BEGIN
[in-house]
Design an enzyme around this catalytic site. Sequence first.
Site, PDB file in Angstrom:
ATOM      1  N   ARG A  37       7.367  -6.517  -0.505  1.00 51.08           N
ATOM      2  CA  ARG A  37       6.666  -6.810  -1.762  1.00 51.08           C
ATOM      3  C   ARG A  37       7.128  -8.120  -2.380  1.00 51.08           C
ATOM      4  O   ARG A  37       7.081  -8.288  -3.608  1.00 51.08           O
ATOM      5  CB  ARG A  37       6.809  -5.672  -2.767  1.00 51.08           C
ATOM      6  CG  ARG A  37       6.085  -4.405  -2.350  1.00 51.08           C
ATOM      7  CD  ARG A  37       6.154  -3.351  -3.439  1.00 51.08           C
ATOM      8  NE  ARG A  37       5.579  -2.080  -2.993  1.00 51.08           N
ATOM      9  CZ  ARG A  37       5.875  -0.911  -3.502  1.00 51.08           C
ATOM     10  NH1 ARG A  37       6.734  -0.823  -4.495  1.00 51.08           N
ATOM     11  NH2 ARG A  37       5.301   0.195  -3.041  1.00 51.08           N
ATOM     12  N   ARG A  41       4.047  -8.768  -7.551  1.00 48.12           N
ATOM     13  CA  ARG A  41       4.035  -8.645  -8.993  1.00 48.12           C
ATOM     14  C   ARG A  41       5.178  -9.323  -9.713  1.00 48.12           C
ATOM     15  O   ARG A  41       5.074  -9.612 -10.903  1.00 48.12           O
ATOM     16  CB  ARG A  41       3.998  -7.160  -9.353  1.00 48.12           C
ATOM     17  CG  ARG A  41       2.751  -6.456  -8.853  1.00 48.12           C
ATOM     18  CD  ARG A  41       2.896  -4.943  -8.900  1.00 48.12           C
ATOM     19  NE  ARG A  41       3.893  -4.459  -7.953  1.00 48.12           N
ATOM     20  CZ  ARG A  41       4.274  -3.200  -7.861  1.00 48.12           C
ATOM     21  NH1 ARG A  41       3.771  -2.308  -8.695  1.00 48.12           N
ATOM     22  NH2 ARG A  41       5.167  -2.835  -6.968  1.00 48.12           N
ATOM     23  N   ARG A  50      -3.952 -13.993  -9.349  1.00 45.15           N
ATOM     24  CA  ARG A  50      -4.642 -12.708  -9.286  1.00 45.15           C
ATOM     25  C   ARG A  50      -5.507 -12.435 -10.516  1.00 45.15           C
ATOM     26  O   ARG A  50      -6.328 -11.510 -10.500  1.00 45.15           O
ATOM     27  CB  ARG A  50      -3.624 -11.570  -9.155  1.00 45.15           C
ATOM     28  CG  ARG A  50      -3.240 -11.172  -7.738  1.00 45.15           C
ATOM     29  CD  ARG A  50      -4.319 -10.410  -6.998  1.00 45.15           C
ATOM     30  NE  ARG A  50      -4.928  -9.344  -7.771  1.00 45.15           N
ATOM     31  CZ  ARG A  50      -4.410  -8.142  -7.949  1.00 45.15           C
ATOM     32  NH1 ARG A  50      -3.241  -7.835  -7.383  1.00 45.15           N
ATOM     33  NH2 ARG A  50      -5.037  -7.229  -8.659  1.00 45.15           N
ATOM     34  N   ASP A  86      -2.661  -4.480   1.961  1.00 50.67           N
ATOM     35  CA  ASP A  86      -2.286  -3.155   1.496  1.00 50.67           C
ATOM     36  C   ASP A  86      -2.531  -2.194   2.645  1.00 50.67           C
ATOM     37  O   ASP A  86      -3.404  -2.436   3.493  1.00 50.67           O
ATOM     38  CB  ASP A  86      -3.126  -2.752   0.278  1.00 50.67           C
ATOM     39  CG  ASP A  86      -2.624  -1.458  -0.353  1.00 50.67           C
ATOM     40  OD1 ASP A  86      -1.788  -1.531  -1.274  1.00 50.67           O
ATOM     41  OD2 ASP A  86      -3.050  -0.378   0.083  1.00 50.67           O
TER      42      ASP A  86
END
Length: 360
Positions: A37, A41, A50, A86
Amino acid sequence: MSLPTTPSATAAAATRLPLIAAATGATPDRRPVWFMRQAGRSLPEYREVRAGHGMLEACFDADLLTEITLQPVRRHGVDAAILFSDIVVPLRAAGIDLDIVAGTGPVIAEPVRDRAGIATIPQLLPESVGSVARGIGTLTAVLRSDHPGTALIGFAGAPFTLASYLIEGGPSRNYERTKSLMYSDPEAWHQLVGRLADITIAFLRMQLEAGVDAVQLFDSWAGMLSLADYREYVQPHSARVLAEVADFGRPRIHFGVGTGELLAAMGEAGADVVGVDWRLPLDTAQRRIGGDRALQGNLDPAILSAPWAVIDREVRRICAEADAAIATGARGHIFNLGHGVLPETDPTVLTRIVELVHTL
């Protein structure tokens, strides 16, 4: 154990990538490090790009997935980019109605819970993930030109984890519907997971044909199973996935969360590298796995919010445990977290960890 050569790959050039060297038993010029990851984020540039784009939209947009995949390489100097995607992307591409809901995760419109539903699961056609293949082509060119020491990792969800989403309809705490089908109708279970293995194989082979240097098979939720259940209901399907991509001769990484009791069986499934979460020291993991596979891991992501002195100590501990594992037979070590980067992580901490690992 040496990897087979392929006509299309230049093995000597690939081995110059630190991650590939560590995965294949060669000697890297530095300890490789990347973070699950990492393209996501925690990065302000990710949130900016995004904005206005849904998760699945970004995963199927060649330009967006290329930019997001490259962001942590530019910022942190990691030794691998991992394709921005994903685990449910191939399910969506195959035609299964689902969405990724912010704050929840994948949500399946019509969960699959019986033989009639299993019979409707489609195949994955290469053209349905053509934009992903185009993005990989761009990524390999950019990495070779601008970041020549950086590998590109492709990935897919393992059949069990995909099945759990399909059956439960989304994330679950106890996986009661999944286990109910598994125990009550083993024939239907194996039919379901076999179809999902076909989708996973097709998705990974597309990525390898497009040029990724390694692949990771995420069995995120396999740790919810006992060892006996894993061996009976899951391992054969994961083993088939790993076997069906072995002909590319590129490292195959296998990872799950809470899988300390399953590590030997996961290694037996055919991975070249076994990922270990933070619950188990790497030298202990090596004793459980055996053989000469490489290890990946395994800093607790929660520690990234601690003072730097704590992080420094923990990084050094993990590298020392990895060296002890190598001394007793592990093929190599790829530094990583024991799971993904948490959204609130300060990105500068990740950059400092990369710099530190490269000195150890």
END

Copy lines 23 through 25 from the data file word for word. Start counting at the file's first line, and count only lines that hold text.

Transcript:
ATOM     20  CZ  ARG A  41       4.274  -3.200  -7.861  1.00 48.12           C
ATOM     21  NH1 ARG A  41       3.771  -2.308  -8.695  1.00 48.12           N
ATOM     22  NH2 ARG A  41       5.167  -2.835  -6.968  1.00 48.12           N